Does the future of UK healthcare lie at home?
New research reveals potential of in-home care technology to alleviate pressure on national healthcare, as 64 percent of people voice concern over level of GP care available in older age.
With the future of the UK’s healthcare system never far from the top of the agenda, new research by Arqiva and YouGov reveals that over 70 percent of British adults believe using technologies in the home to monitor health would take the pressure off patients and the NHS (72 percent) and enable local GPs to prioritise patient treatment (71 percent).
With pressures on GP surgeries expected to rise in response to the UK’s aging population, the findings confirm the feasibility of ‘DIY’ healthcare as 91 percent of people say they would be prepared to monitor basic vitals from a given list – such as blood pressure (72 percent), heart rate (65 percent) and weight (88 percent) – at home. This could be achieved via Internet of Things (IoT) enabled devices.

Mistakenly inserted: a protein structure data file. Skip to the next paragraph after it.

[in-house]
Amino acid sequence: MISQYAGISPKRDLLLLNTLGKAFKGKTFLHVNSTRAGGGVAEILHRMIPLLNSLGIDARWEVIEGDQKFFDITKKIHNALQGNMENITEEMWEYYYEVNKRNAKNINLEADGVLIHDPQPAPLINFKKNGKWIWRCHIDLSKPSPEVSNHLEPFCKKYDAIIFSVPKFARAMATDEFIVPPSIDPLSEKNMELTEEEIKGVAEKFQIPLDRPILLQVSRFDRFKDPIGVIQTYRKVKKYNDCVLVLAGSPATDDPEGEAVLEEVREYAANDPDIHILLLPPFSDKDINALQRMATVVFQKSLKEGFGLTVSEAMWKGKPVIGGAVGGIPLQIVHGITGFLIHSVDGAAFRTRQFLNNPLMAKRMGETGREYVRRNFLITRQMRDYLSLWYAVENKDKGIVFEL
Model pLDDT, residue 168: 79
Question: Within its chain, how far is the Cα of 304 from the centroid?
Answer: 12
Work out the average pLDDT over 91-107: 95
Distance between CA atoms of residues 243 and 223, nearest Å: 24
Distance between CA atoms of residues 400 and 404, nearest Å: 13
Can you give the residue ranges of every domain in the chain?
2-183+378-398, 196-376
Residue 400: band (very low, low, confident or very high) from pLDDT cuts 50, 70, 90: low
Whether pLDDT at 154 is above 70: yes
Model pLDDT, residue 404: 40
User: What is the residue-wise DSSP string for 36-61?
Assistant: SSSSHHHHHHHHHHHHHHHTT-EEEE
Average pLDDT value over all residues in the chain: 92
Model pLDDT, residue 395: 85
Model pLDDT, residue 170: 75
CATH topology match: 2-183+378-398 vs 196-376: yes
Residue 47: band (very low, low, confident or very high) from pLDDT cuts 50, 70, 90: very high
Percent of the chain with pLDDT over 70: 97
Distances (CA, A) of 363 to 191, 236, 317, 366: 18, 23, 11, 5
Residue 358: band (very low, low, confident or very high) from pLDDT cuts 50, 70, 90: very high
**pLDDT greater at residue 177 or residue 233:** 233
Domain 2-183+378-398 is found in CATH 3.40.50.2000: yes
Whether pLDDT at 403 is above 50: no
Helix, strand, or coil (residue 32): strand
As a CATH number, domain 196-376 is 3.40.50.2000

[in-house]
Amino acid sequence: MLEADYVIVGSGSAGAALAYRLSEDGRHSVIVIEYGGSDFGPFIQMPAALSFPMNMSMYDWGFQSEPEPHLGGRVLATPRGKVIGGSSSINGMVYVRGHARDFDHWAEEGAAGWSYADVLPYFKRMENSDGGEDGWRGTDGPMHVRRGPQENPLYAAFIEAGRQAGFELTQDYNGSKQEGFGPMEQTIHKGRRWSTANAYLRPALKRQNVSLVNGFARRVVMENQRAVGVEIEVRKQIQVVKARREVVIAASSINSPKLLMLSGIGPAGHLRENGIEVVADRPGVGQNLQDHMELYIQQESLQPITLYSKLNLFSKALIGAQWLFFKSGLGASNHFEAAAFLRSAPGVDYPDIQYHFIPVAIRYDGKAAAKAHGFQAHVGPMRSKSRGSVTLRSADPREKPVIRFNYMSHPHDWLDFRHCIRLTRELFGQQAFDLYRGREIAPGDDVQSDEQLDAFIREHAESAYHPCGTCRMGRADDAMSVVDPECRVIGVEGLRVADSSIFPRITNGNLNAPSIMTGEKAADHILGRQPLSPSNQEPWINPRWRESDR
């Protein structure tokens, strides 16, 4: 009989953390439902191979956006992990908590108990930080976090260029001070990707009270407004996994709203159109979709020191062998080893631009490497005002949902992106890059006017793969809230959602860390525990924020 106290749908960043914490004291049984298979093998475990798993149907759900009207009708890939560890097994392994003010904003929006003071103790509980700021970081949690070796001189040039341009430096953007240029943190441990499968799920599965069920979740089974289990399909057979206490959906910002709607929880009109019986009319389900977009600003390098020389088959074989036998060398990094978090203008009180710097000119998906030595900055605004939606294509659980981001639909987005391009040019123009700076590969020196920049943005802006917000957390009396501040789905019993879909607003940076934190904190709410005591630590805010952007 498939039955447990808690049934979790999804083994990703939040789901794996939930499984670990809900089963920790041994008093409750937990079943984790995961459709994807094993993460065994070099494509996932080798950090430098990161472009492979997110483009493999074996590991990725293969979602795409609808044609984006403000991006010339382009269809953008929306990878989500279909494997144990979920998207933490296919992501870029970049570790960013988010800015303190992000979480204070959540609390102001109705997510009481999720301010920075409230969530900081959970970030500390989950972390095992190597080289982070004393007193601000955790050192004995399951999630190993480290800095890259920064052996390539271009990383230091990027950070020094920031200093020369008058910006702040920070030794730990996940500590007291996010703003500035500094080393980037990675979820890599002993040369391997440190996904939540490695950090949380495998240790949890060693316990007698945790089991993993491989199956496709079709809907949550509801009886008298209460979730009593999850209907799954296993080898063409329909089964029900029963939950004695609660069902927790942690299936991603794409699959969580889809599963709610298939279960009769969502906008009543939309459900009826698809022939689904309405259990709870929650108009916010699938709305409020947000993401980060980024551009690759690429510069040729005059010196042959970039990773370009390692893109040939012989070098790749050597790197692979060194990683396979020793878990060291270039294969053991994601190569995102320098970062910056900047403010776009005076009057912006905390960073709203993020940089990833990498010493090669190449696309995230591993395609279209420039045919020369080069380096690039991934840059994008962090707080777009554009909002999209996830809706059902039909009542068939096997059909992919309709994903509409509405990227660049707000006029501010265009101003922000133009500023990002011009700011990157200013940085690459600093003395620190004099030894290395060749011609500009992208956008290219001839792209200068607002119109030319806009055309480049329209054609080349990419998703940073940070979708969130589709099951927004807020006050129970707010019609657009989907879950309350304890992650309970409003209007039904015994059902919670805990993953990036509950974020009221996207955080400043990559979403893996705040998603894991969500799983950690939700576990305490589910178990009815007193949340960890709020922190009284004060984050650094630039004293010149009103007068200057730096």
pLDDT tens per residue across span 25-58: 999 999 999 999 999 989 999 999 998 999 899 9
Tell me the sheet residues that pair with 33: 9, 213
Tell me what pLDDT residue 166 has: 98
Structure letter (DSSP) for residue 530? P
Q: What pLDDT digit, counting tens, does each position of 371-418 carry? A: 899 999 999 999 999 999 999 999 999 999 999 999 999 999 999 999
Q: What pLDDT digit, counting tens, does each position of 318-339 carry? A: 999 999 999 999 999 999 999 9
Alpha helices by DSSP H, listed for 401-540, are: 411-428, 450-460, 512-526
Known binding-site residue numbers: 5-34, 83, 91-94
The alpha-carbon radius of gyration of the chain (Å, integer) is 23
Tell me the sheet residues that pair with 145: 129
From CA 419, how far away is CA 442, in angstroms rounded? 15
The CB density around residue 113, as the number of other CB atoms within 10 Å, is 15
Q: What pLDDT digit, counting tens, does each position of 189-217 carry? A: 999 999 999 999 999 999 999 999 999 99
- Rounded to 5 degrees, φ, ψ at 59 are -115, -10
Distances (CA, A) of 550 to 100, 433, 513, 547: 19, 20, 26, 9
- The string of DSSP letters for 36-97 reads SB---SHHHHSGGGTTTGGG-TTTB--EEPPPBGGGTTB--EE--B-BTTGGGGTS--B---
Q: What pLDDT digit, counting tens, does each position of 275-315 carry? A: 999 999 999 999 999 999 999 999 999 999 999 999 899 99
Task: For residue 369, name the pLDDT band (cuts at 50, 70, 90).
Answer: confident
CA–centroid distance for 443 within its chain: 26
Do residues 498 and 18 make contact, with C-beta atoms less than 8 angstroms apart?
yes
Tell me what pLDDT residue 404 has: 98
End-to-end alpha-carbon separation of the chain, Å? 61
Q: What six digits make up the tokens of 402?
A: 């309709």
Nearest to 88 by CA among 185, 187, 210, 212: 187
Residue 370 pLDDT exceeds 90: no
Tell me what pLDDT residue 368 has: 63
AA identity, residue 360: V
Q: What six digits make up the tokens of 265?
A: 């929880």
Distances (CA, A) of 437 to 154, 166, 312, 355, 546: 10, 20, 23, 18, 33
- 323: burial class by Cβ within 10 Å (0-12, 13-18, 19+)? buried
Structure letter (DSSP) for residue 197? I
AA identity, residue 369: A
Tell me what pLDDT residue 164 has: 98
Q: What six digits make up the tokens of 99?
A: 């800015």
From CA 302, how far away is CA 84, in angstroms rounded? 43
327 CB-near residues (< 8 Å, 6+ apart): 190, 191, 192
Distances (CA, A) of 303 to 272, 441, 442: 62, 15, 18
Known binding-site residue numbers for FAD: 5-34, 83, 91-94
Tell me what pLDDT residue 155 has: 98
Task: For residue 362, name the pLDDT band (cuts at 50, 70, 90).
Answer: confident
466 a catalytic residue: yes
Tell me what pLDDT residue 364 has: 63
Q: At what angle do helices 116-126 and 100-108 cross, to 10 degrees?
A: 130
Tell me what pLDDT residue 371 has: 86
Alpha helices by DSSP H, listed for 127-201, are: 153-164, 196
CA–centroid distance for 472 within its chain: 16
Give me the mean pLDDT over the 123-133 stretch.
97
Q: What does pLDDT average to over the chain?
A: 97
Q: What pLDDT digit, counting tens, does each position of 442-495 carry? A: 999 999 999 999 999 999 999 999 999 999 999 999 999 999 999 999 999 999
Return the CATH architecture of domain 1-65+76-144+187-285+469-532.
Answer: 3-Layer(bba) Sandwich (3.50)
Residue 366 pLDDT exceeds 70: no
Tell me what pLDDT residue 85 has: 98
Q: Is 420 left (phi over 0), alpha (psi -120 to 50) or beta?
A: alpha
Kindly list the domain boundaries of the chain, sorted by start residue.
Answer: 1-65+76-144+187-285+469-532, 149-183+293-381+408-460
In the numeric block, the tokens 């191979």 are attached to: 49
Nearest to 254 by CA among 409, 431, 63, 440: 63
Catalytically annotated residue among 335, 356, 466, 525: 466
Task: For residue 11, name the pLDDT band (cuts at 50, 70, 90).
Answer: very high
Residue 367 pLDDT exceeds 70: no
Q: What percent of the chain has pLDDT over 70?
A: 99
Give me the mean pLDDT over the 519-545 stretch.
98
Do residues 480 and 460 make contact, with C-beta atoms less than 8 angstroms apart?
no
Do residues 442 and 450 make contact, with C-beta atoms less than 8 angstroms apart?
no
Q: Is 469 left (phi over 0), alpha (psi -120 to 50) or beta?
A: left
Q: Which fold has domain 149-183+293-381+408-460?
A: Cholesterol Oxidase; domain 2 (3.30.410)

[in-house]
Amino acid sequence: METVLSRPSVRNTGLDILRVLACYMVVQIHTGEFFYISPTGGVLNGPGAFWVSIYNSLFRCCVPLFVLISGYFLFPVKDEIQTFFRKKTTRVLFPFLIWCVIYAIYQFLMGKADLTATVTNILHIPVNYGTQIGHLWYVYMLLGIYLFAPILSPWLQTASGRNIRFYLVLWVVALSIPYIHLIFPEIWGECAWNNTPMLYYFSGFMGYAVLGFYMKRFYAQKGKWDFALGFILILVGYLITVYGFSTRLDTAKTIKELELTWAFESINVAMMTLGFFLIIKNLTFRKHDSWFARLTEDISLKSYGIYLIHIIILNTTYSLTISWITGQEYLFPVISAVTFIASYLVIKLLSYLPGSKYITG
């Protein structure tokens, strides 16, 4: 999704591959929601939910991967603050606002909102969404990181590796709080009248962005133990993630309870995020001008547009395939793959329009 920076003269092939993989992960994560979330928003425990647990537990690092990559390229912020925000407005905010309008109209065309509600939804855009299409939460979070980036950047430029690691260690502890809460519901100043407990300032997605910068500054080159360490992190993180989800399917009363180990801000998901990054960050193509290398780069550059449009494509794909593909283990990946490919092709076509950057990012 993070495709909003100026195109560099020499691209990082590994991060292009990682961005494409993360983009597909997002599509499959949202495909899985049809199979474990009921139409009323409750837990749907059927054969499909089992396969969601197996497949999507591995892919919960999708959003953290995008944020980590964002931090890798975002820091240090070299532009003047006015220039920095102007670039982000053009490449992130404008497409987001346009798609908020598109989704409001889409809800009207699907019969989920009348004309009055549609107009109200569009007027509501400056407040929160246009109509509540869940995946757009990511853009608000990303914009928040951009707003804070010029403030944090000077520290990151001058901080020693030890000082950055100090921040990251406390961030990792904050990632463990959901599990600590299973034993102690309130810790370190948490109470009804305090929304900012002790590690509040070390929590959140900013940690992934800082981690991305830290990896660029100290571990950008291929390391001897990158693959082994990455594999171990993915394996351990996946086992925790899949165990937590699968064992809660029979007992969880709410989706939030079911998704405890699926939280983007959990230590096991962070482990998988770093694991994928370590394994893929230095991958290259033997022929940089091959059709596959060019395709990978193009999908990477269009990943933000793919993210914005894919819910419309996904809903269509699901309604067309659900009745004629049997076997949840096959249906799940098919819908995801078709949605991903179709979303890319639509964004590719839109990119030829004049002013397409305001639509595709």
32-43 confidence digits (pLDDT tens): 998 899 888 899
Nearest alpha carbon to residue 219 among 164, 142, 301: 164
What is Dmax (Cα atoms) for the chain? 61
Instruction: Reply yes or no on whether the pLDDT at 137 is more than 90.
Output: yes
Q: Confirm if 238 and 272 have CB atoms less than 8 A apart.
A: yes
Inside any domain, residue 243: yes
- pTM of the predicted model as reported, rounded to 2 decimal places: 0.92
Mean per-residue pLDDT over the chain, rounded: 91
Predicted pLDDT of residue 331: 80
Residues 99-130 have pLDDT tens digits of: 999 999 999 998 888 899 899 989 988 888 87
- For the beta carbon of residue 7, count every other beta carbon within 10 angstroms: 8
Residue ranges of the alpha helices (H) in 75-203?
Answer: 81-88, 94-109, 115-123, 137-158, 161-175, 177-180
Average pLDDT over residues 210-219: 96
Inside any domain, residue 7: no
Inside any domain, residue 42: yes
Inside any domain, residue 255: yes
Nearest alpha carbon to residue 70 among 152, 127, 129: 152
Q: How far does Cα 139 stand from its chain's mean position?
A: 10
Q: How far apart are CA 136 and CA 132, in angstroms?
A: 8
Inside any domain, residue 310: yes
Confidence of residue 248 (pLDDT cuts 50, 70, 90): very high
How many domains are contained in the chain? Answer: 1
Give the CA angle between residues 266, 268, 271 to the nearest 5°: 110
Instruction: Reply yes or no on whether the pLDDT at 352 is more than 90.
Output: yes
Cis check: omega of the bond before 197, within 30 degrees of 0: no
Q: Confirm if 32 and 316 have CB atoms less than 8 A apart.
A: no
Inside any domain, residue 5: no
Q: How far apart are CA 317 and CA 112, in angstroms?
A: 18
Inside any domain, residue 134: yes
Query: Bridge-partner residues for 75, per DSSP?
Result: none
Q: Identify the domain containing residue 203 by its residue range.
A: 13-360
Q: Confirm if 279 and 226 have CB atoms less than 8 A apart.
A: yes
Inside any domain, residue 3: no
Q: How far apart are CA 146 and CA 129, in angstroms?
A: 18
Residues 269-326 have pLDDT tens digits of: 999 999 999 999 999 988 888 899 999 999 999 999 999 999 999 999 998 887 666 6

The knock on effect of self-managing even these basic checks could increase both appointment availability and the time GPs could spend with patients in need of more complex care.
When people were asked to think about the care of elderly relatives – both now and in the future – the findings revealed that many of the key worries could also be eased by the introduction of in-home care technologies. Almost three quarters (72 percent) of respondents agreed that the presence of monitoring technology in their relative’s home would give them greater peace of mind and 70 percent said it would allow their relative to live independently for longer.
“All too often when we talk about the Internet of Things we focus on grand visions of tomorrow and overlook the more immediate impact such technologies could have on our lives today. Particularly when the connected-devices and IoT network to bring this all to life, is available now. Concerns over access to quality healthcare are only going to grow in the coming years and the great thing about in-home care solutions, afforded by IoT, is their potential impact not just on individual patients and the quality of care they receive, but on the lives of their family members and the future of the country’s healthcare system as a whole.”
Notes to Editors:
All figures, unless otherwise stated, are from YouGov Plc. Total sample size was 2,070 adults. Fieldwork was undertaken between 8th and 11th May 2015. The survey was carried out online. The figures have been weighted and are representative of all GB adults (aged 18+).
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